Looking at the region’s key markets, IDC’s research shows that when compared to Q2 2016 overall PCD shipments were down -11.4% in the UAE, -8.9% in Turkey, and -6.7% in the ‘Rest of Middle East’ sub-region (comprising Iran, Iraq, Syria, Yemen, Palestine, and Afghanistan). South Africa and Saudi Arabia bucked this trend, recording year-on-year increases of 3.5% and 9.6%, respectively.
A massive education delivery in Pakistan acted as a key driver for notebook shipments in the region overall. Similarly, the education sector was the biggest driver of detachable tablet shipments, triggered by a huge delivery in Kenya, as well as two other deliveries in Pakistan and Turkey, which enabled this category to achieve the fastest growth of all the PCD categories.
“While a component shortage prevented market players from reducing their prices too much, the average price of consumer notebooks experienced a considerable year-on-year decline in Q2 2017,” says Charakla. “This played a key role in driving demand from the consumer segment, and was reflected in the growing popularity of lower-priced notebook models.”
Looking at the PC market’s vendor rankings, each of the top five vendors maintained their respective positions compared to the previous quarter, with the top four all gaining share.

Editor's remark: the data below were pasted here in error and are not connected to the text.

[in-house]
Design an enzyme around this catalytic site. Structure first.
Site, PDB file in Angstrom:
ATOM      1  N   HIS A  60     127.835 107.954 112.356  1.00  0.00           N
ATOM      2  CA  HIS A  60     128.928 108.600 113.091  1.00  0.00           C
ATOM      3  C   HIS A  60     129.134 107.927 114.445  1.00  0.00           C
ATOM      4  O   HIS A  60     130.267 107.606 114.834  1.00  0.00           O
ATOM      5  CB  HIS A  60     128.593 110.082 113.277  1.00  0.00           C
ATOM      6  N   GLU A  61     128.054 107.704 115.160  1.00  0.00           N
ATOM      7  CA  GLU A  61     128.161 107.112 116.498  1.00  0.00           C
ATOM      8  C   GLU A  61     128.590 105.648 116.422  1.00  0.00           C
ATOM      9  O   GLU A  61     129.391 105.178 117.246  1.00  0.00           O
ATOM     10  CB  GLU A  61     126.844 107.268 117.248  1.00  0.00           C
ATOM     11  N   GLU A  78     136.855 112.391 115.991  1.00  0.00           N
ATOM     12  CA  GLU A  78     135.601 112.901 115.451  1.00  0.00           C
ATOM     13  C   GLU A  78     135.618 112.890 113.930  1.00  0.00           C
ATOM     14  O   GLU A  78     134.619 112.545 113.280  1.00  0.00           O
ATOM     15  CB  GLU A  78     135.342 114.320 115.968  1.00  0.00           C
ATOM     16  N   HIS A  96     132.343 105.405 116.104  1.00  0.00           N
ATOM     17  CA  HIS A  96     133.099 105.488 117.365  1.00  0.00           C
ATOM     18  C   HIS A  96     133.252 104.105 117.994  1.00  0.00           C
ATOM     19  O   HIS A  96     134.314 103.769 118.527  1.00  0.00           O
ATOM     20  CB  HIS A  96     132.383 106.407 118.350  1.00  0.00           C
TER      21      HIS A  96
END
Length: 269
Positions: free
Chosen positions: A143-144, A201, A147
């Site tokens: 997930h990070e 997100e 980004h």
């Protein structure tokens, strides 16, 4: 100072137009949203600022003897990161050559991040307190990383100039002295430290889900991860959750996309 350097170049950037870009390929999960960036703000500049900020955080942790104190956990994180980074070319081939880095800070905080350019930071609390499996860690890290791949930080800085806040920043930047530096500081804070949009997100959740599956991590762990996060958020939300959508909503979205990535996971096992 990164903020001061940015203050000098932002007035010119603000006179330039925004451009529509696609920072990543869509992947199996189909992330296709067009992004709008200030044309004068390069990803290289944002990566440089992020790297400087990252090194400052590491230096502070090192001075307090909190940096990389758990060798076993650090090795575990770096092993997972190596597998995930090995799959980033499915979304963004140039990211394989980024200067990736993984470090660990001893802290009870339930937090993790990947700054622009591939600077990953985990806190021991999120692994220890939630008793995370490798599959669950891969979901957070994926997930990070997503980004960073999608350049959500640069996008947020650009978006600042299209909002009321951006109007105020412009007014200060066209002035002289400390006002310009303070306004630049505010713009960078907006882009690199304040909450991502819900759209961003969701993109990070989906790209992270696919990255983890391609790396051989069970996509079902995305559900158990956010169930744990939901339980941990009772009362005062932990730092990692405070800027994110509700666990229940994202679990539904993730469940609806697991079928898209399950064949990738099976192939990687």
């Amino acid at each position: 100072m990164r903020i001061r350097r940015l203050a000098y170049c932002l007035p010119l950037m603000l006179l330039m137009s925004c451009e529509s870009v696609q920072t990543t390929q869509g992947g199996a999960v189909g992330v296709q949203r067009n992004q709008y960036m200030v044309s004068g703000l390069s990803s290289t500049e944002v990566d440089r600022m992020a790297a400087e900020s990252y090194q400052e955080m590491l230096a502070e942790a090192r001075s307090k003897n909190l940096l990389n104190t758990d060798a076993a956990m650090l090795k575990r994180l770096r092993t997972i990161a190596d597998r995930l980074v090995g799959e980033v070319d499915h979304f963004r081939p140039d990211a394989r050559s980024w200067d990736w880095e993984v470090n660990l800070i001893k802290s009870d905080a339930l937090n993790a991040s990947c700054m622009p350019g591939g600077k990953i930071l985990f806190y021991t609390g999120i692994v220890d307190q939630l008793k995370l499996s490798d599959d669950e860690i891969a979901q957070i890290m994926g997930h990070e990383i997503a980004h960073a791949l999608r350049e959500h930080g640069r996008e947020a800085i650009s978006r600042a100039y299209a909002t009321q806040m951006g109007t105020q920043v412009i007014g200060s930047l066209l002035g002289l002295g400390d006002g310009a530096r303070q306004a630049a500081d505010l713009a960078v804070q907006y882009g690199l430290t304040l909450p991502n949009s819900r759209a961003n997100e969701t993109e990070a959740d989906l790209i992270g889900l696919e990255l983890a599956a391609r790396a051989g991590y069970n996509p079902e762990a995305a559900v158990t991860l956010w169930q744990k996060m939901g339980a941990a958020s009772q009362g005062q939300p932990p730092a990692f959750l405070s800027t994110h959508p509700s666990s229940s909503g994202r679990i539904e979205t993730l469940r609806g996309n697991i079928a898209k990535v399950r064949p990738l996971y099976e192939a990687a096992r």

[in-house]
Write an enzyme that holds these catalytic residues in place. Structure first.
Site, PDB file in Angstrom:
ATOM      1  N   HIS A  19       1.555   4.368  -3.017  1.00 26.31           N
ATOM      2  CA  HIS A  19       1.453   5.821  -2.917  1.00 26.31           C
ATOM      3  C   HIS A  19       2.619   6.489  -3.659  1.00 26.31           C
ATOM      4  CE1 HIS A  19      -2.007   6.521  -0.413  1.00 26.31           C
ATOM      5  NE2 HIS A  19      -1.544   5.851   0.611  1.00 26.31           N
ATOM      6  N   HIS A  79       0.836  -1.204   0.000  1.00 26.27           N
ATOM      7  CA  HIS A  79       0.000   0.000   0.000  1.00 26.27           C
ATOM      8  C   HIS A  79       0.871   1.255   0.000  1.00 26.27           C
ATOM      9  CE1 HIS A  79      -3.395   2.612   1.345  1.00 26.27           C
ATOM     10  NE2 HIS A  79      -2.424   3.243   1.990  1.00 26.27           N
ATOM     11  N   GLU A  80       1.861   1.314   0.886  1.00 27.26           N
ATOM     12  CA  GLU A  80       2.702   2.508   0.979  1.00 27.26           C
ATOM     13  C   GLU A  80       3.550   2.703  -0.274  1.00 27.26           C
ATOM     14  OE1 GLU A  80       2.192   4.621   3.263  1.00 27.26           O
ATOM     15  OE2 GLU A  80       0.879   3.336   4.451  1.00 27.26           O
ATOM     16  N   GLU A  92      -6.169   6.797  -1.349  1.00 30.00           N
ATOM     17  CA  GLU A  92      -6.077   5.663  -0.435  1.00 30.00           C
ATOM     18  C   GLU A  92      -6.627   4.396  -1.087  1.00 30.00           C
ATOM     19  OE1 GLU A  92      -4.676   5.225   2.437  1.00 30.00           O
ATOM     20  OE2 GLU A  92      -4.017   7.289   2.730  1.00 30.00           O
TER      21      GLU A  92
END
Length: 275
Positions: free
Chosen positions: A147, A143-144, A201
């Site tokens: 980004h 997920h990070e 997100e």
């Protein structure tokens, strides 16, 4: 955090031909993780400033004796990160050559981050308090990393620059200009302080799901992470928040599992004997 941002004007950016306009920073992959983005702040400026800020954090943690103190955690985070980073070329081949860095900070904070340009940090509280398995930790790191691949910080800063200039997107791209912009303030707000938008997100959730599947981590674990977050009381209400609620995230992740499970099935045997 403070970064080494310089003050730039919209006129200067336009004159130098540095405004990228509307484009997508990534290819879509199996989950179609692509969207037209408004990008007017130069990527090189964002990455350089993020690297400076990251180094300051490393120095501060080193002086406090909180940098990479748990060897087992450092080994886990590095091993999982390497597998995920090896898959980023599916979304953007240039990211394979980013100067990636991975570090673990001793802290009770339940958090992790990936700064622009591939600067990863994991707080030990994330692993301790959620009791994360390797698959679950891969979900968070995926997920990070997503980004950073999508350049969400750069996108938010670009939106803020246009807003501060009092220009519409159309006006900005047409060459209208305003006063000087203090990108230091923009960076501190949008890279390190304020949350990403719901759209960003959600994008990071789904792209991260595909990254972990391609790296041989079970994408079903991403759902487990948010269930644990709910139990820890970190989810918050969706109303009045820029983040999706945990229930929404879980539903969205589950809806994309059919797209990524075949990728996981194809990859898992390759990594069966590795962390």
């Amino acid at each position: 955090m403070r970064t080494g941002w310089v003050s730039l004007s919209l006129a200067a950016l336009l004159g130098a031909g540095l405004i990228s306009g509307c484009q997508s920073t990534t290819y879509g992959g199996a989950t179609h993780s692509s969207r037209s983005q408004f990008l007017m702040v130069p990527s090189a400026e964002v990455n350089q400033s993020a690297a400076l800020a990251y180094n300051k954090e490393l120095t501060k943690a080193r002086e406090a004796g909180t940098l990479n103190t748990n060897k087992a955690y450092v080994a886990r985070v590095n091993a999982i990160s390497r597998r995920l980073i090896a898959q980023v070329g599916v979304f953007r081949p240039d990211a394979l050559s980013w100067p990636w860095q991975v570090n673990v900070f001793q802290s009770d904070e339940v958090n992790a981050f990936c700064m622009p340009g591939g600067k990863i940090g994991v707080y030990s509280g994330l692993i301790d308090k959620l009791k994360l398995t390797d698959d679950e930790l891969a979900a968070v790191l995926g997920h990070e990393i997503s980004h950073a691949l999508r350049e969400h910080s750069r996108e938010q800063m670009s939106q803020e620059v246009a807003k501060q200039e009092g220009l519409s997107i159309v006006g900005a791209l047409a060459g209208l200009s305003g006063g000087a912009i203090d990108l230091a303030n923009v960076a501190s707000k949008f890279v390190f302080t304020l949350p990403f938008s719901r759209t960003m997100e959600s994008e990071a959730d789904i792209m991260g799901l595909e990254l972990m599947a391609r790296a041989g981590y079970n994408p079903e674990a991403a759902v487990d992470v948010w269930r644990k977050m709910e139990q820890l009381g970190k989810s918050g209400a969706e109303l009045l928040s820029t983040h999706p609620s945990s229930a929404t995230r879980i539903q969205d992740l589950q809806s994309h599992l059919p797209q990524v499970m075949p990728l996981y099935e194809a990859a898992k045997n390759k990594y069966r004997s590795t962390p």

Middle East & Africa PC Market Vendor Shares – Q2 2016 vs. Q2 2017
|Brand||Q2 2016||Q2 2017|
Although Samsung continued to lead the tablet market, the vendor rankings in the space saw quite a few changes, with Huawei catapulting itself to second place. Lenovo also climbed up a position compared to the previous quarter, causing Apple to drop to fourth place.
Middle East & Africa Tablet Market Vendor Shares – Q2 2016 vs. Q2 2017
|Brand||Q2 2016||Q2 2017|
“Looking to the future, the MEA PCD market is expected to decline at a faster rate than previously forecast for 2017 as a whole,” says Charakla. “Technological shifts are playing a pivotal role in deciding the future of this market, with demand for certain products shifting to other PCD products and beyond (i.e., smartphones). Accordingly, shipments of slate tablets are expected to continue declining over the coming years as demand is cannibalized by smartphones. Meanwhile, the ongoing shift to mobile computing will see growth in the desktop market remain close to flat throughout IDC’s forecast period ending 2021. Notebook shipments will experience very slow growth beyond 2018, while detachable tablets will remain the fastest growing PCD category, eating away share from other computing devices.”
Gazer cyber-spies exposed